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OCR religious studies advice

Hello, I am a student coming up to exams for religious studies soon. I am struggling to revise effectively and quickly enough for the upcoming A level papers (keep on mind each question is 40 marks), I would love to know if anyone has any last minute revision advice for am essay based subject like mine.
Thank you
Hi, I did OCR RS and got an A (12 marks off A*) - I would say revise each topic in depth minus 1 per paper. So don't revise your worst topic for Philosphy/ Ethics/ DCT - this narrows it down slightly. Therefore even if you for example got rid of business ethics and this came up in the paper, you have revised so much for the rest of ethics that you will be able to answer any question well.

- Learn key A01 for each topic (create sheets). For me I found it easiest (and usually got A* in essays that) used the introduction to get majority of the A01 in so that my essay was full of A02 as the A02 marks are higher than A01.

For Philosphy after learning the key A01 - learn theories/ scholars/ events which may argue against the A01. For example, after explaining your A01 for religious experience you find a flaw e.g. St Paul on the road to Damascus may not have been a religious experience as he had epilepsy.
The way to get A02 marks that people miss out is they don't COUNTERARGUE - after telling the examiner that St Paul had epilepsy which means his religious experience may have not been a religious experience at all - ask yourself if this is enough to go against the whole of religious experience? For example you could argue, this is just one example of one man who believed he encountered Jesus/divinity - but this isn't enough grounds to refute every single religious experience.
Here is where you would use a SECOND SCHOLAR etc to either back up the original a01 e.g. Davey Falcus or Nicky Cruz (here you'd be arguing religious experience is enough to prove the existence of God) or you would find a second scholar to use another argument against religious experience e.g. can the finite experience the infinite? How can we verify the authenticity of experiences if they are all so different? (here you'd be arguing religious experience is NOT enough to prove the existence of God)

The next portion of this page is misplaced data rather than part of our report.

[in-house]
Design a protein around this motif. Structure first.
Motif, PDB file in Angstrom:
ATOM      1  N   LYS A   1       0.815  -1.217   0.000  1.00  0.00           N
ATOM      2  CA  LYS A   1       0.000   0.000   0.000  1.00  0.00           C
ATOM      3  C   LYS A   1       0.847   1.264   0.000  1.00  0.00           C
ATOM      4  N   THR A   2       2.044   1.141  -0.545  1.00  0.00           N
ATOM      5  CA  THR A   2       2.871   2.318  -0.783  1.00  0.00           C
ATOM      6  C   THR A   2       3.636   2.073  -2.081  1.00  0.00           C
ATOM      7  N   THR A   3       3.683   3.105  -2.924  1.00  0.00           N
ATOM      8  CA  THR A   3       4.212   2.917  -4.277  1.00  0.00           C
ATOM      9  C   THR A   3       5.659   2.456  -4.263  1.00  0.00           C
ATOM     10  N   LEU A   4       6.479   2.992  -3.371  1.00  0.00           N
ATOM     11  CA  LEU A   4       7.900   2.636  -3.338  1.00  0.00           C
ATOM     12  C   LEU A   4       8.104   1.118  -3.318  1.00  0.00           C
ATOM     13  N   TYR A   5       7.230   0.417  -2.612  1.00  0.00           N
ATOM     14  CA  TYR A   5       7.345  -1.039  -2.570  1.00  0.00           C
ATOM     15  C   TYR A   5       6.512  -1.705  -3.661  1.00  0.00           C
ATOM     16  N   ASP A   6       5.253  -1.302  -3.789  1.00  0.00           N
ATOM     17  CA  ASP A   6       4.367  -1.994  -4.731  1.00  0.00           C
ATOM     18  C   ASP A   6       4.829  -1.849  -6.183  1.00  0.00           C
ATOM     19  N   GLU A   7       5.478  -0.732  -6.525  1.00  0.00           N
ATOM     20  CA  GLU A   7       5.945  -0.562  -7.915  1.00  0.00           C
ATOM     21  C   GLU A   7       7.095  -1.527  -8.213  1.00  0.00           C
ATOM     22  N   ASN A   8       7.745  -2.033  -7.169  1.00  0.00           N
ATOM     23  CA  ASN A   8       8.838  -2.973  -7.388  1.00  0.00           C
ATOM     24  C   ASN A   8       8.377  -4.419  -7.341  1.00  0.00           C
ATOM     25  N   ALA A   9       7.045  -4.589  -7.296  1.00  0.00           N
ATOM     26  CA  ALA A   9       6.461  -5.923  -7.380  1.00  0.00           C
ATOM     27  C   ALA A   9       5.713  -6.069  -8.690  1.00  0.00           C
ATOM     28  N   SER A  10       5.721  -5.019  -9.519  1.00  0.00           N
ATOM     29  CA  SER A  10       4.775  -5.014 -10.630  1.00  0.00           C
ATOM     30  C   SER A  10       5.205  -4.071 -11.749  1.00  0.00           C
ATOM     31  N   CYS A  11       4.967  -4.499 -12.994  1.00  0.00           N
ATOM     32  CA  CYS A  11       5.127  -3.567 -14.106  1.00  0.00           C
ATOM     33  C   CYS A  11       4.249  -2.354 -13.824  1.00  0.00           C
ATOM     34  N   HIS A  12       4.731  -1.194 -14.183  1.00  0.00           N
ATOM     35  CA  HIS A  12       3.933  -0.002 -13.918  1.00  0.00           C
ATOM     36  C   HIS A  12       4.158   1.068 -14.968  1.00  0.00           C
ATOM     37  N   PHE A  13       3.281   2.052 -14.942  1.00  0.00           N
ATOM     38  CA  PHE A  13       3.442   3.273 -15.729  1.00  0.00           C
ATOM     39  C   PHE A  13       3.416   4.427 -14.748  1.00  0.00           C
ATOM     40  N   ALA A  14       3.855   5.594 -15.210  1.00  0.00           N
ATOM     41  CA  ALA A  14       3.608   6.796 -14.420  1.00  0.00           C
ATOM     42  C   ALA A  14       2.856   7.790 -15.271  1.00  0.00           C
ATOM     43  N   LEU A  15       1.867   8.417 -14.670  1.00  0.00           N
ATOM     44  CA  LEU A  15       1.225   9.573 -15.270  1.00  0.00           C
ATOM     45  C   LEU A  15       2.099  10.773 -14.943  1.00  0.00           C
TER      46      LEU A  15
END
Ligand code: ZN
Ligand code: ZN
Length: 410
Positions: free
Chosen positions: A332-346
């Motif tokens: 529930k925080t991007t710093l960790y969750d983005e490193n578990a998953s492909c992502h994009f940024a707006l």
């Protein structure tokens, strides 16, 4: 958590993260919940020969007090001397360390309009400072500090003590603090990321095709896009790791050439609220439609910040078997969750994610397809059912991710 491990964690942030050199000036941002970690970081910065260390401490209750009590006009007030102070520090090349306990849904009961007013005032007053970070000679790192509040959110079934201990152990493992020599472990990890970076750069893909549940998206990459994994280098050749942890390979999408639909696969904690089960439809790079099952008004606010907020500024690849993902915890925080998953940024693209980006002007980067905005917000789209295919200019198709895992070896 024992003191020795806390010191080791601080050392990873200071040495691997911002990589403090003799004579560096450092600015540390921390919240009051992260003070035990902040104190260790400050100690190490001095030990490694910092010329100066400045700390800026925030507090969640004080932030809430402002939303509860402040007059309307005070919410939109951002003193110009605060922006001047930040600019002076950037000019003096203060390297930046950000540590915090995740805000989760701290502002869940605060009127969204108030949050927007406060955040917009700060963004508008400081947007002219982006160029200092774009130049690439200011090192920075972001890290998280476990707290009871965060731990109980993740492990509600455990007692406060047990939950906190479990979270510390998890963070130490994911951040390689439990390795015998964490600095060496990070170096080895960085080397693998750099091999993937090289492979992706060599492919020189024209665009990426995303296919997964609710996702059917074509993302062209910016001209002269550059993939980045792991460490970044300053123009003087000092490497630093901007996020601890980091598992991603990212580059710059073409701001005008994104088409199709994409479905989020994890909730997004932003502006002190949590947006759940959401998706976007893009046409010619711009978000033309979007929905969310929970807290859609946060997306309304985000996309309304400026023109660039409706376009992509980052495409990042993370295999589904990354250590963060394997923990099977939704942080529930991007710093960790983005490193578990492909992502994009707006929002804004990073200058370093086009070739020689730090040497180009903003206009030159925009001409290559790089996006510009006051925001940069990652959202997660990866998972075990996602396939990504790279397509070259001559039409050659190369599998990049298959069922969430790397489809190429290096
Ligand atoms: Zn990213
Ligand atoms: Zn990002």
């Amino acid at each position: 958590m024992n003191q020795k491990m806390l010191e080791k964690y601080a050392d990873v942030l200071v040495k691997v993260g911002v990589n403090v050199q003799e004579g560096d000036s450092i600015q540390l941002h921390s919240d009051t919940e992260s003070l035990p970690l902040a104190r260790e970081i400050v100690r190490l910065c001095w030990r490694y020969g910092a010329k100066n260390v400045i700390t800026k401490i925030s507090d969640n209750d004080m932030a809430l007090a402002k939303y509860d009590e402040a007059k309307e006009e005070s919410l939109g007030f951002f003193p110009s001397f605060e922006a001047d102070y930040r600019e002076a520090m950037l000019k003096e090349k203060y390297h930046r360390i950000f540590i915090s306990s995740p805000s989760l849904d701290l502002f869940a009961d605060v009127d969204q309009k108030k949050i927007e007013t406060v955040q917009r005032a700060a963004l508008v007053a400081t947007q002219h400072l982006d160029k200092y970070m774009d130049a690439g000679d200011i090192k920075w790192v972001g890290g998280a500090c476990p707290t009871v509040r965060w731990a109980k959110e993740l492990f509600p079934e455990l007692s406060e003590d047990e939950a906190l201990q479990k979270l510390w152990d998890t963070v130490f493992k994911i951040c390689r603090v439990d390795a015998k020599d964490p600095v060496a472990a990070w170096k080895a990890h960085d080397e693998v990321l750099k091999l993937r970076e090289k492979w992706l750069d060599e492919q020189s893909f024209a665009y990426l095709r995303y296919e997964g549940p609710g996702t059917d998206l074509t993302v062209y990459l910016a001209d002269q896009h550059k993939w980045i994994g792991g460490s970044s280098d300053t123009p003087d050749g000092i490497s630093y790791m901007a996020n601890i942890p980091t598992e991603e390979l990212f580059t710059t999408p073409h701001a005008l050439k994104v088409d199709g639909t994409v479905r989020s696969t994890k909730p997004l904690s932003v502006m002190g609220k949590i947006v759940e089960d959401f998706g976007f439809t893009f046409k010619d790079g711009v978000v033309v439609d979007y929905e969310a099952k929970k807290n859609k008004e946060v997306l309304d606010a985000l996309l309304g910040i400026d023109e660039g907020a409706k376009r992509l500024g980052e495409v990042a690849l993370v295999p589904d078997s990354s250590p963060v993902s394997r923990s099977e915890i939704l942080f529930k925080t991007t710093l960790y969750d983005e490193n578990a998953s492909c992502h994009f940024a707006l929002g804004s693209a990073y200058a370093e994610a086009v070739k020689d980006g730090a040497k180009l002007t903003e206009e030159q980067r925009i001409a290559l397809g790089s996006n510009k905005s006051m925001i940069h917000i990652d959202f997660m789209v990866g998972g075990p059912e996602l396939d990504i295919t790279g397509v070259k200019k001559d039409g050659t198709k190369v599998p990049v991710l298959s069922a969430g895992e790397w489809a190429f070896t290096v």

Do this for all of the philosophy topics.
For DCT I would do the same approach regarding A01 but learn my scholars and use more biblical references for the A02.
For ethics I would use ethical theories to refute/ strengthen my idea. For example - I've attached an A* essay below that I wrote on natural law and whether it is the most useful approach to sexual ethics - so I learned 3 main bits of A01 which formed my 3 paragraphs (premarital sex, extramarital sex, homosexuality) and then used situation ethics and kantian ethics as the A02.
This essay structure is the same I used for other applied ethics e.g. business ethics (3 paragraphs would be Corporate social responsibility, whistleblowing and globalisation - then apply whichever ethical theory you like: natural law, kant, situation ethics, utilitarianism)

GOOD LUCK - don't panic I know it doesn't seem possible to write 3 40 mark essays 3 times in exam conditions but IT IS!! somehow even to this day I don't know how we did it but in exam conditions it'll all come to you if you follow the techniques I've suggested. - even if you don't remember scholars, remember your own brain in the exam can think of counters - e.g. whistleblowing is good because you've stopped a company from doing unethical things, however it is also bad because you have now made loads and loads of people lose their jobs and you have no idea what their living situation is/ whistleblowing could really effect some people negatively - then use Kant for example - he would say we must always tell the truth e.g. whistleblower on the company for doing wrong things - whereas utilitarianism would say the thousands of people losing their jobs outweighs the 1 person whistleblowing - seems utilitarianism is better? that's pretty much one paragraph done (just make sure you explain whistleblowing and if possible remember a case study but if your mind goes blank your A02 will save you.

I know this was A LOT of info but I hope you took away something and I hope I managed to help a little bit?